Shaped like a full moon, Chinese moon cakes are made of rice flour and filled with either sweet mashed lotus seeds or red beans. In the 14th century rebels hid messages in the cakes to foil their Mongol rulers; today the desserts are integral to the celebration of the Chinese Autumn Moon Festival, when families and friends gather to see a parade, gaze at the full moon, and eat the cakes. The fest takes place today, three days after the full moon, in Chinatown--complete with lanterns, a sidewalk sale, a sunset concert, an herb tour, a kung fu demonstration, and a Chinese wedding parade. It's from noon to 6 at Chinatown Square Mall, Cermak and Wentworth. Admission is free; call 326-5320.
Because his music united Lebanese of all backgrounds during the country's civil war--when he played in bombed-out concert halls--classical composer, innovator on the oud (a Middle Eastern predecessor to the lute), and singer Marcel Khalife has been called Lebanon's Pete Seeger. A mix of traditional Arabic folk themes and classical Western instrumentation, his music has been credited with reinventing Arab classical music. Tonight his group, the Marcel Khalife Al Mayadine Quartet, performs at 8 at the Moraine Valley Community College Fine and Performing Arts Center, Dorothy Menker Theater, 10900 S. 88th in Palos Hills. Tickets are $20 and $35. Call 581-4458 for tickets or info.
30 MONDAY Like Monet, French impressionist Edgar Degas worked in series and used landscape as subject matter. Unlike Monet, his later works are virtually unknown to the public. Degas: Beyond Impressionism is the first exhibit devoted to the artist's work during the 1890s and the 1900s. The exhibit opens today from 10:30 to 4:30 and runs through January 5 at the Art Institute, 111 S. Michigan. Tickets are $8 Mondays through Thursdays, $10 Fridays through Sundays (special dated and timed tickets are required). For more information call 443-3600.
1 TUESDAY In his new book, Full House: The Spread of Excellence from Plato to Darwin, paleontologist and writer Stephen Jay Gould suggests that progress is not characteristic of evolutionary life on earth and that evolution simply embraces a "full house" poker hand of organisms, with mankind no more important or advanced than, say, bacteria. He'll explain it all in layman's terms tonight at 7 at Breasted Hall in the University of Chicago's Oriental Institute, 1155 E. 58th. It's free; call 752-4381.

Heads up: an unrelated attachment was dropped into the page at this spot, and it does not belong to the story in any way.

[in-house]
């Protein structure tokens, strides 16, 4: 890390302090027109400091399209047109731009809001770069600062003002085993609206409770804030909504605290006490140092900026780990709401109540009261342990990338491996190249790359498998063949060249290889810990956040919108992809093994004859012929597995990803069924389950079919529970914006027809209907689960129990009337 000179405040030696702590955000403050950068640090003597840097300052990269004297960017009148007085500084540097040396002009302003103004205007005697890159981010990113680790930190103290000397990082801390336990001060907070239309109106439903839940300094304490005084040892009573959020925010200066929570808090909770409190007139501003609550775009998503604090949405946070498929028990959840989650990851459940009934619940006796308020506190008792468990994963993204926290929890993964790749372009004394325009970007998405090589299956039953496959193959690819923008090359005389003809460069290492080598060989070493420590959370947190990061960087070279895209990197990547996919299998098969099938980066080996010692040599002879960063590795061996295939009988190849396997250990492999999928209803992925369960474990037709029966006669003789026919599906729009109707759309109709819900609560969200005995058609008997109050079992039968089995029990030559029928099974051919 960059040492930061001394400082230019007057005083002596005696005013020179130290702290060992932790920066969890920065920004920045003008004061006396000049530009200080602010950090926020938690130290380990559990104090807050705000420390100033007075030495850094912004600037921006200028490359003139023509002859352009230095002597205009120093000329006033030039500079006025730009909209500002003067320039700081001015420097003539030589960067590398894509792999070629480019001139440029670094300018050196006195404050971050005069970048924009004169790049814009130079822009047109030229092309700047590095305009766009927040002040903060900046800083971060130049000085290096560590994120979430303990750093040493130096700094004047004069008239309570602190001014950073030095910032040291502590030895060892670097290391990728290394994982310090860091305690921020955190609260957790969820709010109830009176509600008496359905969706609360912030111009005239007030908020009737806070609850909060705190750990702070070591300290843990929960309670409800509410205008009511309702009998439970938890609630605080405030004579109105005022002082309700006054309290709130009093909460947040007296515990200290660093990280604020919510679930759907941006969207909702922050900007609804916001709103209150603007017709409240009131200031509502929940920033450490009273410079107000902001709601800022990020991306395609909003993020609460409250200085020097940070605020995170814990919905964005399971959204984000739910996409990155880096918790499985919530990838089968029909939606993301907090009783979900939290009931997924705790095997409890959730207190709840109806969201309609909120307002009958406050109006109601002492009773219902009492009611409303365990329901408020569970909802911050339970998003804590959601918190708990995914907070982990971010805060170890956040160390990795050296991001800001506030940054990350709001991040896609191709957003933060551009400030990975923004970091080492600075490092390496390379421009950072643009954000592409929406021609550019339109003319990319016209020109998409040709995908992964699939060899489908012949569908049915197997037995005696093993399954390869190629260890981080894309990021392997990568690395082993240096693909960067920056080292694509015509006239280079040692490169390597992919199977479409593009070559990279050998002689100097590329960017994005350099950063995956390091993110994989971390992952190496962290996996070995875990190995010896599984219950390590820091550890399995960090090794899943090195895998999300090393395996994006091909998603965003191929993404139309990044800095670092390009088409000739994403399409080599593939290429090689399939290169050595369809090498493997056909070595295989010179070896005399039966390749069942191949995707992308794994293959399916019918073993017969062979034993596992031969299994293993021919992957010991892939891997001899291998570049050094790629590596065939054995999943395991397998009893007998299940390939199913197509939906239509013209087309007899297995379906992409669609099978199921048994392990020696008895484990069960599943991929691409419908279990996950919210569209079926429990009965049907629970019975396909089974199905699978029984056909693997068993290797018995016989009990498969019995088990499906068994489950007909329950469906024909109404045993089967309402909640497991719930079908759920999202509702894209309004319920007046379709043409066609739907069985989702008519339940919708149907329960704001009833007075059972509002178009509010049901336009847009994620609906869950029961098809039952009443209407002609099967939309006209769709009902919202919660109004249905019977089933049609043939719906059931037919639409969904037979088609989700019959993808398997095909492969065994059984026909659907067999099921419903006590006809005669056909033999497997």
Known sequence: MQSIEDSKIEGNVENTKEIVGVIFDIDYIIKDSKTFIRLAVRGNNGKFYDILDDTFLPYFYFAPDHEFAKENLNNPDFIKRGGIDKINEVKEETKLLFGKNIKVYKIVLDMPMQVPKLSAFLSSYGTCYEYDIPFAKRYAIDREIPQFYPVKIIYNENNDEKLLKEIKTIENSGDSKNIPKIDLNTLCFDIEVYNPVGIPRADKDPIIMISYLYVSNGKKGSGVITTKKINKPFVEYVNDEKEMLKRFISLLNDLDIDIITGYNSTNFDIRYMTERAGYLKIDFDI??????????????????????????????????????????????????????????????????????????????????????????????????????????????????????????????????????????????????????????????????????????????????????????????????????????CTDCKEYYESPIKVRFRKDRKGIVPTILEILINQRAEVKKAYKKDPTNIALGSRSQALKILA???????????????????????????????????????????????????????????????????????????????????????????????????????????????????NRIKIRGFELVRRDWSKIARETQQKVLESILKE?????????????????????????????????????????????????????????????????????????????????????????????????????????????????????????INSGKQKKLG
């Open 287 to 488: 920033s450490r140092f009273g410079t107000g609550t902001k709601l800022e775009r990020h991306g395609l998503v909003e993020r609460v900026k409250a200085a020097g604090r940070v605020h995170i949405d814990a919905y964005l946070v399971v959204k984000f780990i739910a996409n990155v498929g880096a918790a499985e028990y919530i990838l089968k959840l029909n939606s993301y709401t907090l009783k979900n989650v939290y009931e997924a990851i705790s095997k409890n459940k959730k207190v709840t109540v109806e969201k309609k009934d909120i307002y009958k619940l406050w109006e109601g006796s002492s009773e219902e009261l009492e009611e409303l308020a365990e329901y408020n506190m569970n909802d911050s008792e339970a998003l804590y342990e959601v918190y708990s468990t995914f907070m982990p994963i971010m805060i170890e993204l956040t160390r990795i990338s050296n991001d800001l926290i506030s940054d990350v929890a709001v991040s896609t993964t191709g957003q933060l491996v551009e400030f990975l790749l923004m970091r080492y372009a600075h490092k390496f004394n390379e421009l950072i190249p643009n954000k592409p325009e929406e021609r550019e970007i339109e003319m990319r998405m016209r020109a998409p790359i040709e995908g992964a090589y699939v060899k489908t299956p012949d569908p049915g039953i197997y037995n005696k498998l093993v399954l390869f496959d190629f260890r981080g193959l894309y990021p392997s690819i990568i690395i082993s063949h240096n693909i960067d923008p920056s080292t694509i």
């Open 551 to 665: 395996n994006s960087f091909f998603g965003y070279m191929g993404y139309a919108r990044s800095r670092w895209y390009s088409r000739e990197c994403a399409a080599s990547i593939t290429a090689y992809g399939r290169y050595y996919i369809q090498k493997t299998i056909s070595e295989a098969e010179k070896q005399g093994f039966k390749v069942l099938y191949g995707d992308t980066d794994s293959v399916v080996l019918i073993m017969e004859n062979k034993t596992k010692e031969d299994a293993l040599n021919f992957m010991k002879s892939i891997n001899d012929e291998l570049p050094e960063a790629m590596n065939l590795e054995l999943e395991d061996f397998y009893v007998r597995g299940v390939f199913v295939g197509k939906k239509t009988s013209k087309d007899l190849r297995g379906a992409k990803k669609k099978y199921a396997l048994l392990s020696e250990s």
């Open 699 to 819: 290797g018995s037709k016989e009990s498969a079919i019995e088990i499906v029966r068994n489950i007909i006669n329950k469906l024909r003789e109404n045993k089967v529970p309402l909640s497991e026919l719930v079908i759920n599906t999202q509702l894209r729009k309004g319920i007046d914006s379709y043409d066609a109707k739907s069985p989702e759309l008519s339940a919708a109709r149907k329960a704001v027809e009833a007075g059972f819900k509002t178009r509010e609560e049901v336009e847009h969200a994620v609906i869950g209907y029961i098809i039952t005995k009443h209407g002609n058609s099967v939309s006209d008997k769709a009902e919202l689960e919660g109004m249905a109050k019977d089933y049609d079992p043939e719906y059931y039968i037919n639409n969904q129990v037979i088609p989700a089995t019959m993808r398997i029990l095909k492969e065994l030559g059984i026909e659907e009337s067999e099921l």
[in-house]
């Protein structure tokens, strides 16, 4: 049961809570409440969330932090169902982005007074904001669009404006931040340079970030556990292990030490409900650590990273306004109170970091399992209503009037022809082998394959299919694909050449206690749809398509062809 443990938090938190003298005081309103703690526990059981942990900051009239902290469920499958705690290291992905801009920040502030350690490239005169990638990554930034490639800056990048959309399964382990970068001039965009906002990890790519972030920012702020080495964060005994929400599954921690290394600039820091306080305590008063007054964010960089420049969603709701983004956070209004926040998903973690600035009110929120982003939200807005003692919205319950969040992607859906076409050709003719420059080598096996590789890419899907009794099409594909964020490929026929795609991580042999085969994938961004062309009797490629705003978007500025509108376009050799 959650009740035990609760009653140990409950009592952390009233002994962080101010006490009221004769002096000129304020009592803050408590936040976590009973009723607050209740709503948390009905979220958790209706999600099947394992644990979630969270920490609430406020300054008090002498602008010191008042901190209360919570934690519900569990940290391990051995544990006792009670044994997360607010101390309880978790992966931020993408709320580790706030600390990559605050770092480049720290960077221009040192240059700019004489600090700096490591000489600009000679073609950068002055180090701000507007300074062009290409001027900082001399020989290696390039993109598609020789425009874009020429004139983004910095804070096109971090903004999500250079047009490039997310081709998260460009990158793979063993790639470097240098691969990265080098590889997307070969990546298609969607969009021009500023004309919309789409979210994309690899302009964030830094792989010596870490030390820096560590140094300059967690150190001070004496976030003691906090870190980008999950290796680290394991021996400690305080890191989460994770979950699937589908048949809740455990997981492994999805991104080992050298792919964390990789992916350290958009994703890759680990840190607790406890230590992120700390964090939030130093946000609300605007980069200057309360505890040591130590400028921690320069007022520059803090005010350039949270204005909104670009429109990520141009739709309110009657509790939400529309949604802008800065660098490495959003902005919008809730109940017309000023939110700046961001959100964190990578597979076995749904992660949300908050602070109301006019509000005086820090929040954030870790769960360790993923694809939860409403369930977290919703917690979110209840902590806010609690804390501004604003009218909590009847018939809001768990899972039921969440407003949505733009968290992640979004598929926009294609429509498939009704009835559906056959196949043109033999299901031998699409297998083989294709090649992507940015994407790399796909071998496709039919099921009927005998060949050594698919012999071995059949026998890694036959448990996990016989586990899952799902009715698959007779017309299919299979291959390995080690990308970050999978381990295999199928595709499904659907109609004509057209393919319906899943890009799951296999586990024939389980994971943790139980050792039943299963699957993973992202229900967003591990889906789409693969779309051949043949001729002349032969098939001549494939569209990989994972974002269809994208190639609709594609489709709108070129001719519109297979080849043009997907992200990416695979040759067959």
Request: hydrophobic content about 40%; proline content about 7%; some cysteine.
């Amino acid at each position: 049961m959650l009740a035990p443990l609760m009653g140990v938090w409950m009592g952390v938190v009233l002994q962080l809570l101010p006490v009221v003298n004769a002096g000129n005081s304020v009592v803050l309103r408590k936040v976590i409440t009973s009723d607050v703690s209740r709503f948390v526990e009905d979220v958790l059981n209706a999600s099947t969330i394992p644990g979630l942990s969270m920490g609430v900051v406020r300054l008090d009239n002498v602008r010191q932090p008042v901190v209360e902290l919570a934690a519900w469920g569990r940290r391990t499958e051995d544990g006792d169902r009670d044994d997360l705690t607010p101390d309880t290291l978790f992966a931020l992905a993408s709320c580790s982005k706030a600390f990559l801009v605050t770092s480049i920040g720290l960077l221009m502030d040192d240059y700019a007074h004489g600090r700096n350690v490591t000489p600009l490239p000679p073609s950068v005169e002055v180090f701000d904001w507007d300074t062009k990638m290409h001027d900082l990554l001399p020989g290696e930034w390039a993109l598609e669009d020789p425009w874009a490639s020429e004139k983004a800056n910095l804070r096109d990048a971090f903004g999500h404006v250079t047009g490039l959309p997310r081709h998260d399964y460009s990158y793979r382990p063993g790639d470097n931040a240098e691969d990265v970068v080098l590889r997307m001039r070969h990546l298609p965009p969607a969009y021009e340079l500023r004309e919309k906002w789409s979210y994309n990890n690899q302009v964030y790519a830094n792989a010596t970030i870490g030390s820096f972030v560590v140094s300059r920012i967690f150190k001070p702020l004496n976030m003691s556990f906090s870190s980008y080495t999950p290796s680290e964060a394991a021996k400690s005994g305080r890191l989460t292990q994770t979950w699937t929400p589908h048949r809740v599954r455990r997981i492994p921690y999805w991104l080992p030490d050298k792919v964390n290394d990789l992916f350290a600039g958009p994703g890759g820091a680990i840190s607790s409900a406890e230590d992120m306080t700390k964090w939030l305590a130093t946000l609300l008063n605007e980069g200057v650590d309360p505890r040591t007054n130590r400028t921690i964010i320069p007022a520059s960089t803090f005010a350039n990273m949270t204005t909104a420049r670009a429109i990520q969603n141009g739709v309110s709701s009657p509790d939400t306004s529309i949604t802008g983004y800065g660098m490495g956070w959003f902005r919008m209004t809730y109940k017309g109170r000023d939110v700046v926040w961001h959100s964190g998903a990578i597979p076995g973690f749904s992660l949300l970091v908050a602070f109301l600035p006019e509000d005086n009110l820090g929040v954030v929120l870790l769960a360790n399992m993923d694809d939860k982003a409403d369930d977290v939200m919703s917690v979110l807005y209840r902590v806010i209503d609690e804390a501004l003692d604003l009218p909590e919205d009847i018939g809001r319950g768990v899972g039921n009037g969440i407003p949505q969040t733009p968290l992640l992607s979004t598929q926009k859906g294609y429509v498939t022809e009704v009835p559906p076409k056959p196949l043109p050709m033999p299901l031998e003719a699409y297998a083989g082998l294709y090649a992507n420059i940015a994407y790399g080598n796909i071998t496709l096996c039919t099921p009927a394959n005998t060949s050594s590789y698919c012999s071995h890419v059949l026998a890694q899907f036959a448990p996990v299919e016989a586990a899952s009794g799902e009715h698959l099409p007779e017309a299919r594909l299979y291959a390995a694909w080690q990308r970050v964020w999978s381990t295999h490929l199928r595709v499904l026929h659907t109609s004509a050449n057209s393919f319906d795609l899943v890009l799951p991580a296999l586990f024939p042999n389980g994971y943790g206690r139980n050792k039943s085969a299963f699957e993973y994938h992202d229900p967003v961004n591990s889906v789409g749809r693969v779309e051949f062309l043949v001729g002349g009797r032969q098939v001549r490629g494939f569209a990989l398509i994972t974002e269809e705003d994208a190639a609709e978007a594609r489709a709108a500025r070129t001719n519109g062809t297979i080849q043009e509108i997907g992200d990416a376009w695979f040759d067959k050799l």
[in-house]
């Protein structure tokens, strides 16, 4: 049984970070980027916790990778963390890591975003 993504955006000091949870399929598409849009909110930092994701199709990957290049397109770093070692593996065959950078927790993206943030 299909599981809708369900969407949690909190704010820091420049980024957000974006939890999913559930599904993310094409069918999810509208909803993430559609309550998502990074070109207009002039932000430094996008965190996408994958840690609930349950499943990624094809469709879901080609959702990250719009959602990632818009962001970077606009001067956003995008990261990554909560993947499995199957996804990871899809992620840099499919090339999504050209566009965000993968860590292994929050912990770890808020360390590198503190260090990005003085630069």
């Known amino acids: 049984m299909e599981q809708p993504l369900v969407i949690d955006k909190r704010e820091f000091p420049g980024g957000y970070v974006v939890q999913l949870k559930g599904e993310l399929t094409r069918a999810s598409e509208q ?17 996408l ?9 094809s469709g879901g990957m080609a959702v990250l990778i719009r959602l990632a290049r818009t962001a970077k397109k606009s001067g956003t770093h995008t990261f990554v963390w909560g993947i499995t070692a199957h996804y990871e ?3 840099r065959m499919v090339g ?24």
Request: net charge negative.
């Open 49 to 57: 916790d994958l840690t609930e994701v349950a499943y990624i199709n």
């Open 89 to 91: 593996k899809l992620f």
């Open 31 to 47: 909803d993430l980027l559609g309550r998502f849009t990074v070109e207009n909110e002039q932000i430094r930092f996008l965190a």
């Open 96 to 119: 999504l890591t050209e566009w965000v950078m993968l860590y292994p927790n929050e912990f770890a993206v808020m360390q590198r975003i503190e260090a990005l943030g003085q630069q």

Wild costumes, acrobatics, and surreal sleights of hand characterize Le Cirque Invisible, a two-person circus that's said to combine vaudeville with the theater of the absurd. Helping inventor/performers Victoria Chaplin and Jean Baptiste Thierree with the theatrics is a supporting cast of rabbits, ducks, and other birds. It starts tonight at 7:30 and runs through October 13 at the Athenaeum Theatre, 2936 N. Southport. Tickets are $10 to $36; kids 12 and under get in for half price at matinee performances. Call 722-5463 for info, 902-1500 for tickets.
2 WEDNESDAY Since missing out on the high post, former Supreme Court nominee Robert Bork has been busy writing books and providing his political opponents with even more reasons to hate him. In his latest book, Slouching Towards Gomorrah: Modern Liberalism and American Decline, he outlines how the world is going to hell in a handbasket because of the weakening of such societal cornerstones as religious restraints and the discipline of work. He'll speak today at 4 in the University of Chicago's law school auditorium at the Laird Bell Quadrangle, 1111 E. 60th. It's free; call 752-4381 for info.
3 THURSDAY The new Vagabond Reading Series at the north-side Powell's Bookstore aims to nourish Chicago's writing community by showcasing a different local scribe on the first Thursday of each month. Tonight performance poet and editor and publisher of Hyphen magazine Mark Ingebretsen reads and performs at 7:30 at the Vagabond Cafe located in the bookstore, 2850 N. Lincoln. It's free. Call 477-5142 for more.